This Flight Plunged 22,000 Feet, Oxygen Masks Dropped, Alarm Blared

Express News

AirAsia stated the airplane suffered a ‘technical problem’ with Australian media reporting that the airplane needed to rapidly drop from 32,000 feet to 10,000 feet 25 minutes after departure.

World|Agence France-Presse|Updated: October 16, 2017

AirAsia apologised for the scare and blamed a ‘technical problem’ for the cause. (File image).

SYDNEY: An AirAsia flight from Australia to Indonesia was required to reverse to Perth after losing cabin pressure, with travelers today stating their horror as oxygen masks dropped from the ceiling.

AirAsia stated the aircraft suffered a “technical problem” with Australian media reporting that the airplane needed to rapidly drop from 32,000 feet to 10,000 feet 25 minutes after departure.

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Video flowing online reveals distressed travelers using oxygen masks with an alarm blasting and AirAsia personnel requiring individuals to presume the brace position.

” I got my phone and sent out a text to my household, simply hoping that they would get it,” one tearful traveler called Leah informed Channel 9 tv. “It was dreadful.”.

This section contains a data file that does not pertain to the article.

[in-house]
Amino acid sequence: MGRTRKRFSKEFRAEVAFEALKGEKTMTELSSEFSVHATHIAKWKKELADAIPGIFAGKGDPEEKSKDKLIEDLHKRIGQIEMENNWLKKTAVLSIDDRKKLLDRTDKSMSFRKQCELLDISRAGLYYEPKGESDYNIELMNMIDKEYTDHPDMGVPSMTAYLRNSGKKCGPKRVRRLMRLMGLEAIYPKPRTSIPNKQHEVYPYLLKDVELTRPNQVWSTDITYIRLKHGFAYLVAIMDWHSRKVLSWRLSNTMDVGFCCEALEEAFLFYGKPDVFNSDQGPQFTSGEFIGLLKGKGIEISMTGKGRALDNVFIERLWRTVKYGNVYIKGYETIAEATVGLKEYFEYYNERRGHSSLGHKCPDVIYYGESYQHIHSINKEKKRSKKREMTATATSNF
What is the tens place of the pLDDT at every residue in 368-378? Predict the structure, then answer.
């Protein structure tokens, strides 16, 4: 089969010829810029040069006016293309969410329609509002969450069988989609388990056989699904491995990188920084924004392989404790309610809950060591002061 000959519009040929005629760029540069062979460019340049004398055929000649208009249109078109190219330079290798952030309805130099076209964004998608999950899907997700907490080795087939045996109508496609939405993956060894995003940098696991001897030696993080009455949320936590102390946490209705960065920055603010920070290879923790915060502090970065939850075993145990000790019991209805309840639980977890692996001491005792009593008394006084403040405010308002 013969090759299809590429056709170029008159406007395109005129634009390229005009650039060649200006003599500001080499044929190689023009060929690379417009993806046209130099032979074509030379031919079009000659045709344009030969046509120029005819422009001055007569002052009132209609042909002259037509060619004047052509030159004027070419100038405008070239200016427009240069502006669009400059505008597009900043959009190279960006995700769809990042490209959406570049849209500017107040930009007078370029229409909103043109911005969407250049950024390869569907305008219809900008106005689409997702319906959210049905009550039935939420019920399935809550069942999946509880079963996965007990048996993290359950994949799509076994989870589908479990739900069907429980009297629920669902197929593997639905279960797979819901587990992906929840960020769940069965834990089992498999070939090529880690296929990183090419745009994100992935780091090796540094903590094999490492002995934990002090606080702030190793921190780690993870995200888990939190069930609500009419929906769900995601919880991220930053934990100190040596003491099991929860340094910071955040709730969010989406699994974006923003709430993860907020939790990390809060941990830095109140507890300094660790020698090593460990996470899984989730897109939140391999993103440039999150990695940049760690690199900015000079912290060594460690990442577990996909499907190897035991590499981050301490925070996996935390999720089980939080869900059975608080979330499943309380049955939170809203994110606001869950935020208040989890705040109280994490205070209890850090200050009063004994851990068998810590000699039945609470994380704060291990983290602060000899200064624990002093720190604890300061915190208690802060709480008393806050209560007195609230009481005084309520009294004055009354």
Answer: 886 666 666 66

Another holidaymaker stated unknowning exactly what was going on increased worries.

” We didn’t understand exactly what was taking place due to the fact that all the voice recordings on the aircraft where in every language however English,” she stated.

AirAsia apologised for the scare, blaming a “technical concern” without elaborating on the cause.

Air masks from Air Asia flight 535 that had to return to Perth.

” The security of guests and team is our top priority,” the budget plan airline company stated in a declaration.

” AirAsia apologises to guests for any hassle triggered.”.

Numerous flights have actually been required back to Australia in current months, consisting of an AirAsia Gold Coast to Kuala Lumpur service in July that the provider stated included a thought bird strike.

A Qantas flight enroute to Dallas went back to Sydney in September after the wing flaps might not be withdrawed, while a Johannesburg-bound aircraft reversed to Sydney in the very same week when a fracture in the windshield was found.